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Regenerative medicine makes progress but still struggles to attract investors

on October 12, 2011 Source:

Regenerative medicine is now Tim Bertram's work but in previous chapters of his career, he focused on drugs while working for large pharmaceutical companies such as Pfizer (NYSE:PFE), Smithkline Beecham Pharmaceuticals and Procter & Gamble (NYSE:PG).

Bertram left big pharma seven years ago to join Tengion (NASDAQ:TNGN), whose tissue regeneration technology was originally developed at Wake Forest University’s Institute for Regenerative Medicine. But before joining Tengion, his pharma colleagues gave him a warning: “This technology will not go anywhere for at least 25 years,” recalled Bertram, who is now Tengion’s chief scientific officer and interim CEO.

Regenerative medicine has come a long way. In 2005, most regenerative medicine research was done in academic institutions, Bertram said. Now there are companies such as Tengion. Applications for the kidney have been estimated to be a $32 billion opportunity. The eye represents a $40 billion annual market. As for East Norriton, Pennsylvania-based Tengion, the company’s technology has orphan drug designation from the U.S. Food and Drug Administration and is now being studied in clinical trials for use in patients with bladder cancer.

Bertram was the keynote speaker last week at the Regenerative Medicine Roundtable, a conference coordinated by Nagoya University. The university, located in central Japan, sponsors an annual roundtable in Research Triangle Park showcasing some of Nagoya’s research. Nagoya maintains a three-person technology transfer office near RTP with the goal of licensing the university’s intellectual property. Nagoya’s research includes work that could lead to treatments for neurogenic bladder and prostate cancer.

If the market opportunities are apparent, what are the barriers to the technology? Bertram said that many people think the biggest barrier is money. But that’s not necessarily the case. Bertram is a member of the Tissue Engineering International & Regenerative Medicine Society, or TERMIS. The group is scheduled to release results of a regenerative medicine survey at the TERMIS North America chapter meeting in December, but Bertram gave an early peek at some of the findings. Academics, companies and venture capitalists were queried about the barriers to commercializing regenerative medicine. Companies believe there’s a dearth of investment dollars. But venture capitalists did not rank the availability of money as a hurdle for regenerative medicine. VCs have money to invest but their concerns lie in translating this science into clinical applications.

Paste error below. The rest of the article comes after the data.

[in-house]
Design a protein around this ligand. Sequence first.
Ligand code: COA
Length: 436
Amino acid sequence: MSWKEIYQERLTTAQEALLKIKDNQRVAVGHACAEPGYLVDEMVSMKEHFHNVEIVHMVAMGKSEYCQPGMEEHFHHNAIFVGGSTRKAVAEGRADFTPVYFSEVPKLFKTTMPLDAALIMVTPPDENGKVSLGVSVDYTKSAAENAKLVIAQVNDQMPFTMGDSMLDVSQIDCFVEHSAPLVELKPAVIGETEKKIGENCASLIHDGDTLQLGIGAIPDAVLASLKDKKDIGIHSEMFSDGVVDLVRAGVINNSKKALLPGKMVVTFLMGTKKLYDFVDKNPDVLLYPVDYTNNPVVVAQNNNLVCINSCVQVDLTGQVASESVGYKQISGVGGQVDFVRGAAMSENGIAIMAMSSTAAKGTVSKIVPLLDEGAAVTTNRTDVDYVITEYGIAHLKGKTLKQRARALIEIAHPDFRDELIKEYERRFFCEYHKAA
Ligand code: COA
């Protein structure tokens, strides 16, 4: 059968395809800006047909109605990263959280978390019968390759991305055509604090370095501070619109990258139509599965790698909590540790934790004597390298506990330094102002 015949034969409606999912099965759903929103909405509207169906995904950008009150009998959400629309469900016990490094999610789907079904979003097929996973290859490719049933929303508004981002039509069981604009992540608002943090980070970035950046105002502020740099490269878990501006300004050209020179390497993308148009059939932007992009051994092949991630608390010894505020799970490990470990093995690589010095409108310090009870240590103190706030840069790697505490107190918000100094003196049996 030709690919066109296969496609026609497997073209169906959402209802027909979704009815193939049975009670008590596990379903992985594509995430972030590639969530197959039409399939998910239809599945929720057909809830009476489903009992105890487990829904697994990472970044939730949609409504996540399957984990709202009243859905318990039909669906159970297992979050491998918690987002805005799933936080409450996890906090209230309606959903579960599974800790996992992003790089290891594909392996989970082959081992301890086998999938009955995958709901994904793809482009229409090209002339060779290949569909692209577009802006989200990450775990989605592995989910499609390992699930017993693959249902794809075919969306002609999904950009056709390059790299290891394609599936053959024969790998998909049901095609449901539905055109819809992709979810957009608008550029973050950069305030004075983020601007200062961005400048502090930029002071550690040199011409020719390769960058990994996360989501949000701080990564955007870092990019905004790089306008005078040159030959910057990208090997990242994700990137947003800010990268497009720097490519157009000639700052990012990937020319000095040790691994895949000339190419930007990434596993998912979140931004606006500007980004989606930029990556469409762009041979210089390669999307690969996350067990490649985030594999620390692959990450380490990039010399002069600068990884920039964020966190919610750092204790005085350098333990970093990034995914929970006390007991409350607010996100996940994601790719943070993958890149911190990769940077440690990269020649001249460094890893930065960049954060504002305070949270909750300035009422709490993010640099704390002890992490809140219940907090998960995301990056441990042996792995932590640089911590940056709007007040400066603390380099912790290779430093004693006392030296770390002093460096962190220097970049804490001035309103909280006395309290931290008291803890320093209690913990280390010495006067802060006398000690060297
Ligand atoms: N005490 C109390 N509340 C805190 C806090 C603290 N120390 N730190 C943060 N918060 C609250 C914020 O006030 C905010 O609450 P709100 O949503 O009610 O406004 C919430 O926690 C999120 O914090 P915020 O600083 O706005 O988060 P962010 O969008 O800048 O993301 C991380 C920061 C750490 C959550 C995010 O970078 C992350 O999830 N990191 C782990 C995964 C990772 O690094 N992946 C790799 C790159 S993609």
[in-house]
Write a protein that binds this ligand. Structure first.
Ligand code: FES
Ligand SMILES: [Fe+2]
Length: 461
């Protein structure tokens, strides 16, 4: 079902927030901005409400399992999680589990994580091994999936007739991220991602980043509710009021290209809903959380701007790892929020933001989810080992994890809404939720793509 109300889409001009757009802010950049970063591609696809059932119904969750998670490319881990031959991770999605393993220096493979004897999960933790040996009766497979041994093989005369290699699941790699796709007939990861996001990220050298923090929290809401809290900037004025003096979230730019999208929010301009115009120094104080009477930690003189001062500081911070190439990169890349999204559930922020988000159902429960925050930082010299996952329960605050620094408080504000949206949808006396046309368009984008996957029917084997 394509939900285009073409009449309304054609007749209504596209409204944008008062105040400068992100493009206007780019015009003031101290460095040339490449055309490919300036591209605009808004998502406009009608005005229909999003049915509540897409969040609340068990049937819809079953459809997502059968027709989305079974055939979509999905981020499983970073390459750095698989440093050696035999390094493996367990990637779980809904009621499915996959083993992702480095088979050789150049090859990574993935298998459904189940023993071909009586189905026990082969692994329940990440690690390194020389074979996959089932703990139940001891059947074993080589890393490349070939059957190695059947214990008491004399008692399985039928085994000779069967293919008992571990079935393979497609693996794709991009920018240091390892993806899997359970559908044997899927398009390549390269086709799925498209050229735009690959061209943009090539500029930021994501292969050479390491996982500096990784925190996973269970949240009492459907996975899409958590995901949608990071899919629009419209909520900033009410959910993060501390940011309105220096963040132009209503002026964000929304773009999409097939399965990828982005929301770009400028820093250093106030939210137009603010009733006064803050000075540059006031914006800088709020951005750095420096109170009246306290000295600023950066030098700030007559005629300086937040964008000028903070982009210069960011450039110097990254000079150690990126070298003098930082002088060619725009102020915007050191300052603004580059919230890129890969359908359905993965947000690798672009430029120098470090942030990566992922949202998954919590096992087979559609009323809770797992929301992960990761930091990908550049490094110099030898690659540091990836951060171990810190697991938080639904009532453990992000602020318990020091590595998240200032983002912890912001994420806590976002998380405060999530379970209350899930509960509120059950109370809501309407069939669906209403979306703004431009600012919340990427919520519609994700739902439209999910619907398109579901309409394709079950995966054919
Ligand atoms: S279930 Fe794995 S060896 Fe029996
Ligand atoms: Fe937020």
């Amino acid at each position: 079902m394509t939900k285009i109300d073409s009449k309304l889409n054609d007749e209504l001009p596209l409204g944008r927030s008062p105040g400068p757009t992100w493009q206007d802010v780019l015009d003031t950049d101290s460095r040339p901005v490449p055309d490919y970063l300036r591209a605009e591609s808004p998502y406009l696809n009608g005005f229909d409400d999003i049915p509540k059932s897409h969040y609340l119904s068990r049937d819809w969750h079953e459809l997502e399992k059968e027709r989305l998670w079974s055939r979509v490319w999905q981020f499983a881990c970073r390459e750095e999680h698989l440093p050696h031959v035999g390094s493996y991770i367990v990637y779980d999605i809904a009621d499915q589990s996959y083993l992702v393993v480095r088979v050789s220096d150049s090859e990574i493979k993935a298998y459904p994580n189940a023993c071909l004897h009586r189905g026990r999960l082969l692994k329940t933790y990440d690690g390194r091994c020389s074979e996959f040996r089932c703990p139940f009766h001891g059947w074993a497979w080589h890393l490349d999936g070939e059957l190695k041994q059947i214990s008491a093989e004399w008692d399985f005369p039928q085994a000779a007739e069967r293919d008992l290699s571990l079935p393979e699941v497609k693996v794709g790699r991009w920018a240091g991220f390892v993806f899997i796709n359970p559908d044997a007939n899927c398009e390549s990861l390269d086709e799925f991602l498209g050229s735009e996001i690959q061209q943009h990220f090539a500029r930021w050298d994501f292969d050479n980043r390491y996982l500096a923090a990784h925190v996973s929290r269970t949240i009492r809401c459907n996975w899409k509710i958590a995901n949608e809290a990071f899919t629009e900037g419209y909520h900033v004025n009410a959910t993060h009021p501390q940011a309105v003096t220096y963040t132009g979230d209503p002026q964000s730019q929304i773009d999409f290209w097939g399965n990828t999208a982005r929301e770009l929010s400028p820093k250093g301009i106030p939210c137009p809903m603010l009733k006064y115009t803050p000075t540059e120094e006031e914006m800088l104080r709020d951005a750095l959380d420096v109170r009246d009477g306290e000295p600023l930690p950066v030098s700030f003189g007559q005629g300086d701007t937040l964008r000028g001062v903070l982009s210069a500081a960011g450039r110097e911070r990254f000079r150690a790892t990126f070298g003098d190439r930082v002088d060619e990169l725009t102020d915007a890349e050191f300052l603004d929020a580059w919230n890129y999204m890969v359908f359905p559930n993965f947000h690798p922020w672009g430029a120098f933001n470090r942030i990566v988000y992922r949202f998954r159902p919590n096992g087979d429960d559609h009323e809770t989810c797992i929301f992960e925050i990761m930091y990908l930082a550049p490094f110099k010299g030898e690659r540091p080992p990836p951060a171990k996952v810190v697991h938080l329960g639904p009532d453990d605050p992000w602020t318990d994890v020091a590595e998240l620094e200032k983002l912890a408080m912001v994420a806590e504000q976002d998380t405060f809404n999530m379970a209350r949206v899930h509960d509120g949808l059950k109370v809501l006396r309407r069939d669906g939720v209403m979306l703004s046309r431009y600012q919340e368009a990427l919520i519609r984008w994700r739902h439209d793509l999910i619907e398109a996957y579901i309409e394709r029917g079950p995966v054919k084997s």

Money is available, said Abner Mhashilkar, medical translational officer for the Wake Forest Institute for Regenerative Medicine. Before joining Wake Forest, Mhashilkar worked for venture capital firm Toucan Capital, which focuses on investments in stem cells and regenerative medicine. Mhashilkar said that from the venture capitalist’s standpoint, one of regenerative medicine’s investment hurdles is time. Venture capitalists would like to see a return three to five times their investment within five to six years. That’s a tough timeline for regenerative medicine to meet. But Mhashilkar said that the technology has progressed and investors are interested. They’re willing to invest now if they can find the right opportunity.

In order to find funding, companies need to go beyond discussing the science and emphasize the commercial applications, Bertram said. If the story of the technology is not simple and clear, the investment opportunity won’t be apparent.

It will be up to investors to decide whether regenerative medicine is a sound investment. The National Venture Capital Association recently released a report that said life sciences investments are shifting from the United States to Europe and Asia, a move driven by the uncertainty and length of the Food and Drug Administration’s approval process. The investment picture is cloudy but it’s clear that regenerative medicine technology was not 25 years away.

“It’s coming,” Bertram said. “It’s here. I don’t believe it’s going to be beyond my lifetime. At least I hope.”

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